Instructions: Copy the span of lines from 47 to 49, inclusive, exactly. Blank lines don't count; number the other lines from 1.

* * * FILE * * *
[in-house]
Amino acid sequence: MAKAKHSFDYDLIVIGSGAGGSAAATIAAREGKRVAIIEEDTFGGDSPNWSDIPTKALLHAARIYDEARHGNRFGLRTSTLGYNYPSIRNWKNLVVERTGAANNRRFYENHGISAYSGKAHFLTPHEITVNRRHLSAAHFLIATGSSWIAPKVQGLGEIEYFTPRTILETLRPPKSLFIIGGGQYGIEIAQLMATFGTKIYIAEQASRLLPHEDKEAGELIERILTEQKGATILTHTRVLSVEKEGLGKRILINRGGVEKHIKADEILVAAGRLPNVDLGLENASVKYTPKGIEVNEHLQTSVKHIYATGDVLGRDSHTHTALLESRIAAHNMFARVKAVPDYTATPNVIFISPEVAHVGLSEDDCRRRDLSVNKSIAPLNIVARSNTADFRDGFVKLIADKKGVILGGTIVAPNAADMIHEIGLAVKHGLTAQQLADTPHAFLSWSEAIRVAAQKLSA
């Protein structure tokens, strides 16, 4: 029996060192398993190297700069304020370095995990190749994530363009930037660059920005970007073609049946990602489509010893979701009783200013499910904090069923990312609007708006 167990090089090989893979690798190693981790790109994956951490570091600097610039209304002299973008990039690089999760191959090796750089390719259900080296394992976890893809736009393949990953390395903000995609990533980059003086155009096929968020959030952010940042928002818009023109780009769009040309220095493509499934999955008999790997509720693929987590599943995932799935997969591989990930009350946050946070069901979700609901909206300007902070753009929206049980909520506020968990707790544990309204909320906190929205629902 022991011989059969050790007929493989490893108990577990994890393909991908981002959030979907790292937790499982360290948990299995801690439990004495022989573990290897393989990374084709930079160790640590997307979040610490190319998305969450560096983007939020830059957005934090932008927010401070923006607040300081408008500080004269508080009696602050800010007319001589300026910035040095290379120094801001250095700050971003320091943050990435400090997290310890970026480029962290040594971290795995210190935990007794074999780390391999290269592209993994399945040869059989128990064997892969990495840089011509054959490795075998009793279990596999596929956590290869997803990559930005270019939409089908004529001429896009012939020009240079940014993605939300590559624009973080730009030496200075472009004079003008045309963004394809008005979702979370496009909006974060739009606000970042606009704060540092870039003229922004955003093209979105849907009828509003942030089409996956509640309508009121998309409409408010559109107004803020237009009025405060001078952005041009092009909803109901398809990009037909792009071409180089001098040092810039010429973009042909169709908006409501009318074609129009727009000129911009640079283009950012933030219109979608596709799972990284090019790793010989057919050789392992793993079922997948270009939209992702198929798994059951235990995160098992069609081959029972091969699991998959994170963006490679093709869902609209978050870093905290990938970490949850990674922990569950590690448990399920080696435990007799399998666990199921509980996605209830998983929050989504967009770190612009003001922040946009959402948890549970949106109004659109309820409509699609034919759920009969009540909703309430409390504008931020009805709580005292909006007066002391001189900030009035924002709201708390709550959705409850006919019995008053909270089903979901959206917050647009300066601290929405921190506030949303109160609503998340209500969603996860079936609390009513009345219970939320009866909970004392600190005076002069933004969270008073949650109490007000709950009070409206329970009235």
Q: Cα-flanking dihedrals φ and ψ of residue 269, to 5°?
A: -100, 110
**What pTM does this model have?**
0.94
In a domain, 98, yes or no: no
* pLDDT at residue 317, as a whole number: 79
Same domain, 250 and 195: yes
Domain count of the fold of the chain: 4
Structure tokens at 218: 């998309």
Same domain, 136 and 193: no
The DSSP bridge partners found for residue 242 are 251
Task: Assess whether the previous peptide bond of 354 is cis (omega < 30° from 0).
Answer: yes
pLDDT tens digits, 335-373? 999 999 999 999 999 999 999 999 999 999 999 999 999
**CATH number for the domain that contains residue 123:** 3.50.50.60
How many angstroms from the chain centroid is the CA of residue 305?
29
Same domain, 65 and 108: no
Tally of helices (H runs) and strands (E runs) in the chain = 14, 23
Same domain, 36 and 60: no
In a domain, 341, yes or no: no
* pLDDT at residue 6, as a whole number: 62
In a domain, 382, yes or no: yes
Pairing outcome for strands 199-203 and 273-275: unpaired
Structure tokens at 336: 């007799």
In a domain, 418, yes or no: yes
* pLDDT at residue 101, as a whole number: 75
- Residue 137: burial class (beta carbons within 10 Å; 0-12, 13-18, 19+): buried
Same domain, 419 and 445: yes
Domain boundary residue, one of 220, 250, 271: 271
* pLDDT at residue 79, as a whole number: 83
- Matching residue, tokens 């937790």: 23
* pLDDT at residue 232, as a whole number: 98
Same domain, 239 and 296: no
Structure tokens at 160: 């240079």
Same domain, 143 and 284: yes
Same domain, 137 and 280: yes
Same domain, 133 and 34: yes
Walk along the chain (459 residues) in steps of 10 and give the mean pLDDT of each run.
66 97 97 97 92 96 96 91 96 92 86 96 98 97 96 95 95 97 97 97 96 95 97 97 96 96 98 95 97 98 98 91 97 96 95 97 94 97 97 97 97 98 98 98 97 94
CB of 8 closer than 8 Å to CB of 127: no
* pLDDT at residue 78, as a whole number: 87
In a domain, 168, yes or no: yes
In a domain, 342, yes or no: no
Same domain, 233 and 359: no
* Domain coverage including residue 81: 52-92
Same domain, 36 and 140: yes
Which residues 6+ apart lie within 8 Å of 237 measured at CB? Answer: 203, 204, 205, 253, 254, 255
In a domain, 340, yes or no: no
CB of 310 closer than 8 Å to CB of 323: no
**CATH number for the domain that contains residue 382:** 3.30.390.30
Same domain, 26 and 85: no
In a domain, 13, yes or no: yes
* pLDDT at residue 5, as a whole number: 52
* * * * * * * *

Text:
In a domain, 342, yes or no: no
Same domain, 233 and 359: no
* Domain coverage including residue 81: 52-92